Getting Started with Bootstrap Typography

bootstrap typographyTypography is a very important part of Web Design. It is even one of the reasons why so many different style sheets, frameworks and web development tools are created. To convey ideas and information in a way that would be pleasant and interesting, proper lettering, headers etc. should be well designed, and Bootstrap has provided a wide range of ways to present your material attractively without much programming knowledge.

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What is typography? 

When conveying thoughts verbally, your message is not only composed of only words and grammar. The true context is expressed mostly through tone, intonation and the like. So what about information that are not being expressed verbally? Like information being shared through a website? This is where typography comes in. Typography is the art and technique of arranging and styling the written (or in this case typed) word in order to allow its context to be more recognizable and appealing to the receiver despite not having the necessary auditory elements of communication.

Typography utilizes elements which include, but not limited to: font style and size, color, headings, lines, rhythm and proportion, symbols and harmony to create interface designs that allow words and statements to convey emphasis and tone, making ideas easier to understand and recognize.

Typography in Bootstrap

Bootstrap provides developers with convenient typography features to make it easy for them to create headings, paragraphs, lists and other inline elements in a way that would be appealing to the readers.

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Headings. Let’s begin with headings. All HTML headings are styled when in Bootstrap. To create one, we use the heading tag <h1>, and then you put the text you want to format as a heading within the <h1> tag and its counterpart closing tag, </h1>. There are 6 different headings you can choose from:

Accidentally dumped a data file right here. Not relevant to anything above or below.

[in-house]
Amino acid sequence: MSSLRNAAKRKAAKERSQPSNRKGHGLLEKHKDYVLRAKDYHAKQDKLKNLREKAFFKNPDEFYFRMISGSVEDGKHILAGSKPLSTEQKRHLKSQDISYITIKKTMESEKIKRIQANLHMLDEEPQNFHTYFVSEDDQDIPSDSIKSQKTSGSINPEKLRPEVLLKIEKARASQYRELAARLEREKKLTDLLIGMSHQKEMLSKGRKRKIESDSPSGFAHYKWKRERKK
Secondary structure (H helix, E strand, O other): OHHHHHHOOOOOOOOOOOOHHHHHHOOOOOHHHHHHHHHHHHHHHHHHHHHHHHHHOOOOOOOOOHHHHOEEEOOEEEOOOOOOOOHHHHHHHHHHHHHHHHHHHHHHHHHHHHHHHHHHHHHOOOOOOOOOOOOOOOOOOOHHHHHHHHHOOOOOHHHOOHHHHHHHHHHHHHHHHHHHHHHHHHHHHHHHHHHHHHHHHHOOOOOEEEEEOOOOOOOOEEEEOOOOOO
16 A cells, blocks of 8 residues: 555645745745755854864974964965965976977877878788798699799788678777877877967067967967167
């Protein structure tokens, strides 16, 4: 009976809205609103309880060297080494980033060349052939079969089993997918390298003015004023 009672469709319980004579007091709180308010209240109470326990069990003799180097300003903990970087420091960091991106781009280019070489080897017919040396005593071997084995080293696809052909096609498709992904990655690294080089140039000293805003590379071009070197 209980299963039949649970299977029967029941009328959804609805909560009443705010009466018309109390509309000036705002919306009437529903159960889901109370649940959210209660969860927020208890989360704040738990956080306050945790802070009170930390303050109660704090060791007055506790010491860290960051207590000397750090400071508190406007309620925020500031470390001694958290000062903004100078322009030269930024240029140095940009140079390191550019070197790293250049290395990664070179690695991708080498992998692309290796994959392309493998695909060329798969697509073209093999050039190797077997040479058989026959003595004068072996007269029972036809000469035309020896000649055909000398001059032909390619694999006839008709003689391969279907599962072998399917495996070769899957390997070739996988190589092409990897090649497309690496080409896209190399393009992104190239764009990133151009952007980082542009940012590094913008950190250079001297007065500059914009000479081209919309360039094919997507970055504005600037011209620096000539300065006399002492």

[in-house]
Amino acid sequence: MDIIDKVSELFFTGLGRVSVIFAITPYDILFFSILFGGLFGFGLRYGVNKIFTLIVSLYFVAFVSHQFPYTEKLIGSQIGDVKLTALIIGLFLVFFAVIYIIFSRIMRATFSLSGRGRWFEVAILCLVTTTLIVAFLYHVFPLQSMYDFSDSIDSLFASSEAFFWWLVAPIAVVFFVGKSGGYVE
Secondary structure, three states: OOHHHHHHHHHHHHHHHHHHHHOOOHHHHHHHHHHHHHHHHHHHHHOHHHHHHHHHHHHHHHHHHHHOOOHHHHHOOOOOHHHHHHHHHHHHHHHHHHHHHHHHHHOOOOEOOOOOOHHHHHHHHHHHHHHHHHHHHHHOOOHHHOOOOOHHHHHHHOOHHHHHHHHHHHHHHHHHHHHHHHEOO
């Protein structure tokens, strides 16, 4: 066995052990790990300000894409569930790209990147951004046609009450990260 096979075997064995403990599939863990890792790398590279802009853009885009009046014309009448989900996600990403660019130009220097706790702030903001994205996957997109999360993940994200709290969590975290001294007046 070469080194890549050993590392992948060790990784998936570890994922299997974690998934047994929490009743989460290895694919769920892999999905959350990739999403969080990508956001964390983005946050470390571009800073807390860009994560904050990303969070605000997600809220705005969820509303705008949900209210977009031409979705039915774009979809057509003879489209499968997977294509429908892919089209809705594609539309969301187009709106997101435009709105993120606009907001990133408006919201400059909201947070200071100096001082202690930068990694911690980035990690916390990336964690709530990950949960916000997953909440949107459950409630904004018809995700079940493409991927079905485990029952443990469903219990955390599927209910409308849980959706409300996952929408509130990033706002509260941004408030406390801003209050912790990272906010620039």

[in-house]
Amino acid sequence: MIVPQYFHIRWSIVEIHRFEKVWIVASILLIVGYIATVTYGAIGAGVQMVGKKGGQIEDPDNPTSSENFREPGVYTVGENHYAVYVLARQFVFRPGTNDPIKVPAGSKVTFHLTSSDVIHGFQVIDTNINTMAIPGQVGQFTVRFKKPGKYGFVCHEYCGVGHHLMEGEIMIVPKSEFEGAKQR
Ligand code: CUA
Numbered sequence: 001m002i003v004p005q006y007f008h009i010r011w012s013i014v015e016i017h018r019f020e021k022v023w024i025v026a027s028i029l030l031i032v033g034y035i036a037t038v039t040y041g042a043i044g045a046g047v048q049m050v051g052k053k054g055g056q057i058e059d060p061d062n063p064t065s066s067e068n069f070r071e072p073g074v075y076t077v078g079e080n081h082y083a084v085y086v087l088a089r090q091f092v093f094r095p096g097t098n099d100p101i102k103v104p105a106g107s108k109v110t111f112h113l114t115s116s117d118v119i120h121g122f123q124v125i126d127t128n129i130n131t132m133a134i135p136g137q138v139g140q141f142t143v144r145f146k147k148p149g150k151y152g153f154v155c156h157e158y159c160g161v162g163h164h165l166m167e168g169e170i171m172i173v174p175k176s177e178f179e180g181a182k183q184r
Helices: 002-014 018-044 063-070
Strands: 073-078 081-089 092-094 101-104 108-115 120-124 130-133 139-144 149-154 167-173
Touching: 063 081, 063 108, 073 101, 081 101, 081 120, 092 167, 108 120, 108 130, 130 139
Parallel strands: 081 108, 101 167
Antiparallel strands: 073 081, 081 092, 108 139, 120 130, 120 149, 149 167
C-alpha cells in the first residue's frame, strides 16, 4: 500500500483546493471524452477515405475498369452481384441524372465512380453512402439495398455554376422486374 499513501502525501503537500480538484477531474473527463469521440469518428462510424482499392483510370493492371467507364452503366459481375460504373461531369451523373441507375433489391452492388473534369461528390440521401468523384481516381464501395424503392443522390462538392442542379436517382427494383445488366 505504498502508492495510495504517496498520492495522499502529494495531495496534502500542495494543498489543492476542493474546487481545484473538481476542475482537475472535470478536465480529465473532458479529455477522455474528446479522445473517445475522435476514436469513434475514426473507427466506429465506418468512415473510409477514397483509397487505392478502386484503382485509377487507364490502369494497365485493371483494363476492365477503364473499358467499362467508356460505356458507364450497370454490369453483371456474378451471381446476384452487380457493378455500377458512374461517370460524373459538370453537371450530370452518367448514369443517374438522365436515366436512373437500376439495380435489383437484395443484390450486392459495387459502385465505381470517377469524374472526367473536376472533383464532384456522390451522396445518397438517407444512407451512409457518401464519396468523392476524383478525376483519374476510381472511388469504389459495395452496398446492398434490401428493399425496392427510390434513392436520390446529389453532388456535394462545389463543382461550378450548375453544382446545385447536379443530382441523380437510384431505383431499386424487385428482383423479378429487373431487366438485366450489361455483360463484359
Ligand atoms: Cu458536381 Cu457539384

<h1>Sample Heading h1</h1>

<h2>Sample Heading h2</h2>

<h3>Sample Heading h3</h3>

<h4>Sample Heading h4</h4>

<h5>Sample Heading h5</h5>

<h6>Sample Heading h6</h6>

The above code will show the following output:

Sample Heading h1

Sample Heading h2

Sample Heading h3

Sample Heading h4

Sample Heading h5

Sample Heading h6

In bootstrap, you can also use inline subheadings. All you have to do is add the <small> tag around the elements to get a smaller text with lighter color. To use it:

<h1>Sample Heading h1. <small>Sample Secondary Heading h1.</small></h1>

After which, you will be getting this output:

Sample Heading h1.Sample Secondary Heading h1.

Lead Body.  When you want to add emphasis to a paragraph, just add the class=”lead” code in the paragraph tag. All enclosed will now have a larger font size, lighter weight and taller line height. For example:

<p class=”lead”>Example paragraph to show lead body style. Example paragraph to show lead body style.</p>

Example paragraph to show lead body style. Example paragraph to show lead body style.